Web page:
Title: Full Throttle
Author: Joe Hill
Date published: 2019
Published by: Gollancz/Orion Publishing
Star Rating: ⭐⭐⭐⭐⭐
Disclaimer: A copy of this collection was kindly sent to me by Jonathan Ball Publishers South Africa in exchange for an honest review.
“A book of stories isn’t a novel and can’t have the simple narrative drive of a novel. I think it should still try to have a feeling of progression, of connectedness. It’s like a road trip. You’re staying in a different inn every night: One evening it’s a romantic Victorian B&B with a supposedly haunted gazebo out back, the next it’s a cruddy Motel 6 with what looks like old bloodstains on the ceiling. The places where you stop to rest and dream are unique – but the road is the same, always waiting to carry on to whatever’s next. And when it’s over, you’ve arrived someplace new, someplace (you hope) with a good view. A place to breathe deep and take it all in.” Joe Hill
I don’t think I am capable of describing the experience of immersing yourself in a collection of short stories as perceptively and as richly as the author himself. If Joe Hill imagines this experience as a road trip than I am more then happy to hop on a figurative motorcycle and stop at a few fancy B&B’s and dodgy motels along the way if only to be near one as talented as the spawn of Stephen King himself. It is an analogy that I am not prepared to mess with. I would also like to add before I chat about the stops along the way, that I firmly believe that if you, like myself are a fan of SK then you are in very capable hands with JH. If you are afraid that the boogeyman will one day disappear into the sunset taking his blood-curdling bag of horrors with him then fear not my dearest reader…
Along this decadent journey of mayhem and madness Hill first treats us to a delicious rendition of a childhood spent as the son of Stephen King. A rare treat indeed that I wished were not merely an appetizer but a full course meal. During the trip Throttle and In the Tall Grass are co-written with Stephen King. In Throttle, a father and son who are members of a biker gang get caught up in a bad drug deal that results in the death of a young girl. What transpires is a deadly chase across a wild highway that forces the reader to not only smell the exhaust fumes, but to taste the gravel and the grit. In the Tall Grass is a classic Stephen King tale of a brother and sister lost in a strange part of Kansas after they hear voices calling for help in a field of…tall grass. This gripping story has all the supernatural elements King is excellent at throwing into creepy locations that almost always breed cult like behavior, giving off some major Children of the Corn vibes (which he also wrote).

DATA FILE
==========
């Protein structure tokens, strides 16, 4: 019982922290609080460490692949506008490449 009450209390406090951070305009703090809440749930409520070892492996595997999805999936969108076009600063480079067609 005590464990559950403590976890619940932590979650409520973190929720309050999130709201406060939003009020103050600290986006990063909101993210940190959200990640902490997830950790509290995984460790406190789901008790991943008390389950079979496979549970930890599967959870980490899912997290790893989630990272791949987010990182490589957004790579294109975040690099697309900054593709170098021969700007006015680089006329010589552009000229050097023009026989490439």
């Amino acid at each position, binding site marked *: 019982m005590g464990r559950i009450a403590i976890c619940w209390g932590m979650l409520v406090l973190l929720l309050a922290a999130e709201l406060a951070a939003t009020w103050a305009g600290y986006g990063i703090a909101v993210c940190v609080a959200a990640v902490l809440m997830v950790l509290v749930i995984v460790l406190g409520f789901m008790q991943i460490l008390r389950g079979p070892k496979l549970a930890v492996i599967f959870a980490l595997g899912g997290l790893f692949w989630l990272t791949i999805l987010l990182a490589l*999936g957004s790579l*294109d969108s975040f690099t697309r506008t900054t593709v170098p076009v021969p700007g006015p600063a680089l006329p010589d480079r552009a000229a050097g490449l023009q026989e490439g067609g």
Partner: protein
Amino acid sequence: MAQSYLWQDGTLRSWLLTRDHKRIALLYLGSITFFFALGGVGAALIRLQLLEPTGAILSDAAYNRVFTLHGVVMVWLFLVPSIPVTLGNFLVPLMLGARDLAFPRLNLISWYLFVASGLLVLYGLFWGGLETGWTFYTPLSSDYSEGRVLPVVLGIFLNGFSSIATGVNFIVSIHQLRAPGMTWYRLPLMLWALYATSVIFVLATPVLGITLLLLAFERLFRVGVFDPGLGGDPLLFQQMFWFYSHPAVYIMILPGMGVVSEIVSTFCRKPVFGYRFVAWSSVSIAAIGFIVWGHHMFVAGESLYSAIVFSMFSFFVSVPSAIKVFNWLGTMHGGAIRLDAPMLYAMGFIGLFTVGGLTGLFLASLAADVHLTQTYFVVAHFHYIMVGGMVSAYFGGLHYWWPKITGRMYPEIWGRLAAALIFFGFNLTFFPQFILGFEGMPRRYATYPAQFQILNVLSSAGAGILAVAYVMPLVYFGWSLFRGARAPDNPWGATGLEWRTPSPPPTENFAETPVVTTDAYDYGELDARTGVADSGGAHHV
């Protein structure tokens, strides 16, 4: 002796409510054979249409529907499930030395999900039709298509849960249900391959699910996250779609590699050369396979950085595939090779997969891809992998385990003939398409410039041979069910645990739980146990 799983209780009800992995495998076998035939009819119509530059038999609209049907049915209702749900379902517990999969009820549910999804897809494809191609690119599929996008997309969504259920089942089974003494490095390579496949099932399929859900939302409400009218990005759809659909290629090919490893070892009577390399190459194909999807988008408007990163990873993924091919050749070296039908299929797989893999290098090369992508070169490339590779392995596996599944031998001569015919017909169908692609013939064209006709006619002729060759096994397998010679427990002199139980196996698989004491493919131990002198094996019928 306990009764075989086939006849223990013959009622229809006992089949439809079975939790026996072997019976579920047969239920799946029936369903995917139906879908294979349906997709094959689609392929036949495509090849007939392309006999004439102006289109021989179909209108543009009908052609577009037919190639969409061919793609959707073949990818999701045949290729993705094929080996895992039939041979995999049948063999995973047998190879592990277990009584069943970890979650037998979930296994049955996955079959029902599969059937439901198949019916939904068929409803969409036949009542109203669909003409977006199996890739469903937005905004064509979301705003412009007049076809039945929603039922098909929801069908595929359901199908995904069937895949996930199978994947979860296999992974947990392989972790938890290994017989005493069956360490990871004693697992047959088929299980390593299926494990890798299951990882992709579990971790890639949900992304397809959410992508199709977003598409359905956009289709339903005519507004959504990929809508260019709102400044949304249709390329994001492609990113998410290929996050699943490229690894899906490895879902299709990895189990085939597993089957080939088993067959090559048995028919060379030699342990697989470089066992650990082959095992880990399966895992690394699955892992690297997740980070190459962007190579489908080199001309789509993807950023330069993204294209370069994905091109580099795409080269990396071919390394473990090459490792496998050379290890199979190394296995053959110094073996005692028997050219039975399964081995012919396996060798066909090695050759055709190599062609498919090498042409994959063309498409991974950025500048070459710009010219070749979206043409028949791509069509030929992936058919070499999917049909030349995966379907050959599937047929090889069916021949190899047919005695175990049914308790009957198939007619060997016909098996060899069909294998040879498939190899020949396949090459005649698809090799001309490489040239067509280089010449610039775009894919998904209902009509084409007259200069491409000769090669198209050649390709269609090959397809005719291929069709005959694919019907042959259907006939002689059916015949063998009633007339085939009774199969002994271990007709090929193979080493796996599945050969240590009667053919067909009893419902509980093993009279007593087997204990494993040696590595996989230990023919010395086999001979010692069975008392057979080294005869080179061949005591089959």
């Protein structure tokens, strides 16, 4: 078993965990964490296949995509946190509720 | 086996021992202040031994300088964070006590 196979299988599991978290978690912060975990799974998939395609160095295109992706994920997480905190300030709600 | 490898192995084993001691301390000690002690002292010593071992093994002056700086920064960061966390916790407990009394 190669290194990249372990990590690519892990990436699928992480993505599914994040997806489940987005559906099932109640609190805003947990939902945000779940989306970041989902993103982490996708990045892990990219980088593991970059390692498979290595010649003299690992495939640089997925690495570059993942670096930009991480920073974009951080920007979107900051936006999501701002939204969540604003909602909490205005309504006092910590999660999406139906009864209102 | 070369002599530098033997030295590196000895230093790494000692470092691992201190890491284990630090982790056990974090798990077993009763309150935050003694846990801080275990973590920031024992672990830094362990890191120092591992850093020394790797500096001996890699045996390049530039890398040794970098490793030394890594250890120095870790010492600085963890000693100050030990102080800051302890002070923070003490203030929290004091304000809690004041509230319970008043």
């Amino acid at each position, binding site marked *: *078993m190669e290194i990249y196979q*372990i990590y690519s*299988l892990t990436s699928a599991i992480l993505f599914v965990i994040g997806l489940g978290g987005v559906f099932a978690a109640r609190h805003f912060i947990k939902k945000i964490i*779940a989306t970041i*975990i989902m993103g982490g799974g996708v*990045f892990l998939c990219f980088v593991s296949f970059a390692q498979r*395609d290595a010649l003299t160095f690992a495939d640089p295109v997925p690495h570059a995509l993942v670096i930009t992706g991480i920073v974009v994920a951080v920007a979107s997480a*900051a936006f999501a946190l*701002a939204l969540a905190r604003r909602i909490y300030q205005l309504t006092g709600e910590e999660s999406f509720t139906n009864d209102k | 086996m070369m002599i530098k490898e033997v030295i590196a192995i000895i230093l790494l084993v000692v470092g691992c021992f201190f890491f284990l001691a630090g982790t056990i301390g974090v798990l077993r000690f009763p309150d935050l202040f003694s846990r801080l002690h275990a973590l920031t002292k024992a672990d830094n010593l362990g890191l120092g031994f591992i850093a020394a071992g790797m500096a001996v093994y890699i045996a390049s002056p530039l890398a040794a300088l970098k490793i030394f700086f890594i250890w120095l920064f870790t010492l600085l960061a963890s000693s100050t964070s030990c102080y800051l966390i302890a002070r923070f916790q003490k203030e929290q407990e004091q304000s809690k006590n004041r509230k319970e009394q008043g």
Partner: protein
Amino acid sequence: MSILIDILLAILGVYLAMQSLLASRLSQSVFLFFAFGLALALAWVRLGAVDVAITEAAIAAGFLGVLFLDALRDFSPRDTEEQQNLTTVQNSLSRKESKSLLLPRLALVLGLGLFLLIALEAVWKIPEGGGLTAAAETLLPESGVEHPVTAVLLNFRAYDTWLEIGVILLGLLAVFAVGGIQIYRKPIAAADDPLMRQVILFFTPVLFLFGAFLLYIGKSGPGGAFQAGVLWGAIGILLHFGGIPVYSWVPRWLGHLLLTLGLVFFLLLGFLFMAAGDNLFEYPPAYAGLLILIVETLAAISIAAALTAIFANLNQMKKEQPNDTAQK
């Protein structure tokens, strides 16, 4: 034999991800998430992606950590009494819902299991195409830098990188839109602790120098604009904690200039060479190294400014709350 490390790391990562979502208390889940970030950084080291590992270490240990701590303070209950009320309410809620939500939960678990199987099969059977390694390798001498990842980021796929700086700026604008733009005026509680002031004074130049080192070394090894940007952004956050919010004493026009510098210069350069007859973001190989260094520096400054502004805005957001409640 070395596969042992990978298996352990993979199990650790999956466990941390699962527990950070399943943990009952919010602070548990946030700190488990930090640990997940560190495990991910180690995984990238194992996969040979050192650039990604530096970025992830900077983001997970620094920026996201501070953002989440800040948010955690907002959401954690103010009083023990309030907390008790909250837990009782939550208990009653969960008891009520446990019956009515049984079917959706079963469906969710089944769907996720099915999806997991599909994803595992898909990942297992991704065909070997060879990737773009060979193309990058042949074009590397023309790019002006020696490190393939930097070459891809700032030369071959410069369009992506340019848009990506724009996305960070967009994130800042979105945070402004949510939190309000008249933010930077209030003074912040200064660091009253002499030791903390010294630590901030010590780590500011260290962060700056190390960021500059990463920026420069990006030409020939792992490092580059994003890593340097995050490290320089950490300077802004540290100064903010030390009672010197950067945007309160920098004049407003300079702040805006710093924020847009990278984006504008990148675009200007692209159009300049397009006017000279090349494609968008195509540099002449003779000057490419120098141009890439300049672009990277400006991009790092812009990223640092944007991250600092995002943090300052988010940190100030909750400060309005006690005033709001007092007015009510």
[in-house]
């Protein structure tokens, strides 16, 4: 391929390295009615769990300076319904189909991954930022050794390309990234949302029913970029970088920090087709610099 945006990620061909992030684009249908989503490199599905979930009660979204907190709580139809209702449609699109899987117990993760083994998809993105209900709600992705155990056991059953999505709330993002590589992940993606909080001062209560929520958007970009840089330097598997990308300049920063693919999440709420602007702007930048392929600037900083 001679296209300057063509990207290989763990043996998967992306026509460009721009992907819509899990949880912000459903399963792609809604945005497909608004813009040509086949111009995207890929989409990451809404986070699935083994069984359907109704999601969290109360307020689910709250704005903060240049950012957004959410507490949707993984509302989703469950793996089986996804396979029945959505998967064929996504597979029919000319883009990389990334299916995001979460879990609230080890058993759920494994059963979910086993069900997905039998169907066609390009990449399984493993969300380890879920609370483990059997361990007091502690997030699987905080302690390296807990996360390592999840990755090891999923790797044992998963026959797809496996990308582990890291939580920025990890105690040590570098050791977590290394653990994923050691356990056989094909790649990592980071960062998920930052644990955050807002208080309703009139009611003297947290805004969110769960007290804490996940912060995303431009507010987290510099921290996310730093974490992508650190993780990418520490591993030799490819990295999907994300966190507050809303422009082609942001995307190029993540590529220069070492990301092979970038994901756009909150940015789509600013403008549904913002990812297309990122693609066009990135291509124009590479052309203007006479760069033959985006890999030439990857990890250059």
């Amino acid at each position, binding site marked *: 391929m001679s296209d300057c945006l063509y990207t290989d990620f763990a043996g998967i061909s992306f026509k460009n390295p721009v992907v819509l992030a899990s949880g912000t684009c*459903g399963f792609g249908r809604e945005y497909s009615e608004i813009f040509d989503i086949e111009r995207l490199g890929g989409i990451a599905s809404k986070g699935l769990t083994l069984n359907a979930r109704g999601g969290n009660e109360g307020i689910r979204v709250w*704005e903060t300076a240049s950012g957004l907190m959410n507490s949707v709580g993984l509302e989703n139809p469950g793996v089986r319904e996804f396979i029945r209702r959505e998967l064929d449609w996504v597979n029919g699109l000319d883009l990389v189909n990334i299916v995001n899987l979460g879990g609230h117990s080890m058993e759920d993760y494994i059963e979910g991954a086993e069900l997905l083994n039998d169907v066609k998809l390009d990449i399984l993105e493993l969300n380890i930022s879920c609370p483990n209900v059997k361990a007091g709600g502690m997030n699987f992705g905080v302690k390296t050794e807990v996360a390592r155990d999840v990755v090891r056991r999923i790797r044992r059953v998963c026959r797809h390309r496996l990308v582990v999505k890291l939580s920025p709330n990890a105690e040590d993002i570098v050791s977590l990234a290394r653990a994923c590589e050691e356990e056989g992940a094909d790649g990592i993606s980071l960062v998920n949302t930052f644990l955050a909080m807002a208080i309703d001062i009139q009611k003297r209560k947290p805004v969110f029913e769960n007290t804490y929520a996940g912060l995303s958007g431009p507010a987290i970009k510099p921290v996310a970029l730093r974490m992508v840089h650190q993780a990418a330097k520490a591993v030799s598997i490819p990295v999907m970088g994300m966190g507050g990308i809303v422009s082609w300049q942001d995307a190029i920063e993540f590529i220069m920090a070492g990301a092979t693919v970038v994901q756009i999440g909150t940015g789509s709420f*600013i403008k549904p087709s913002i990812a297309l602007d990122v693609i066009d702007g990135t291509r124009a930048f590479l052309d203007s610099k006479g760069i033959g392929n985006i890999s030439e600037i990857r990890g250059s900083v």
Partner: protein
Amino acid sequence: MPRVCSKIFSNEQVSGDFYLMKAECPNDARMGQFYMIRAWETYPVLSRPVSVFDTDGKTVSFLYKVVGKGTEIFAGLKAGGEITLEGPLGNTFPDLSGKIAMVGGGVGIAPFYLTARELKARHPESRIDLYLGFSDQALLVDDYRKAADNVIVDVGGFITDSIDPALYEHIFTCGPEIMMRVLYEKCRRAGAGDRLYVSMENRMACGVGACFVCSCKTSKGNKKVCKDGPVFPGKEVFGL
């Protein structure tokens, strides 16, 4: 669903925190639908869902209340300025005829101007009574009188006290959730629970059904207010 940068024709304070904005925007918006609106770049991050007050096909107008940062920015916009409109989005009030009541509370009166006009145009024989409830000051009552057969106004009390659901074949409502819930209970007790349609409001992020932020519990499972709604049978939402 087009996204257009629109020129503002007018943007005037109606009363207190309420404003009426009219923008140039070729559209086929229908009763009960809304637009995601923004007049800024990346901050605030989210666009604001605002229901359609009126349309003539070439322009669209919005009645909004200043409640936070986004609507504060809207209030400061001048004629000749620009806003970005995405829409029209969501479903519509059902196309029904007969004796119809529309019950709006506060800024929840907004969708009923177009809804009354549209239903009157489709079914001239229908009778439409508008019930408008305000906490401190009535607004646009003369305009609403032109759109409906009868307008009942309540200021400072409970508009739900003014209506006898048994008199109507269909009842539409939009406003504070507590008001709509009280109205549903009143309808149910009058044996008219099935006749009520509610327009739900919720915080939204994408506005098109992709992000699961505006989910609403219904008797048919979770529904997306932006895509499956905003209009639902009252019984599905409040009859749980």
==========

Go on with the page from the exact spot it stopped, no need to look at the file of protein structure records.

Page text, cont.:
If we are on a road trip to places unknown then we may as well do a little time travel. In Hill’s Dark Carousel the year is 1994 and four young friends are hanging out at a fairground that exudes a ‘pink smell’ of cotton candy contrasted with the darkly ominous sounds of a Romanian Waltz coming from a carousel made from a macabre collection of animal statues taken from creepy carousels around the world. These kids aren’t very nice and accuse the ride operator of theft, and because of this all but one will survive the night…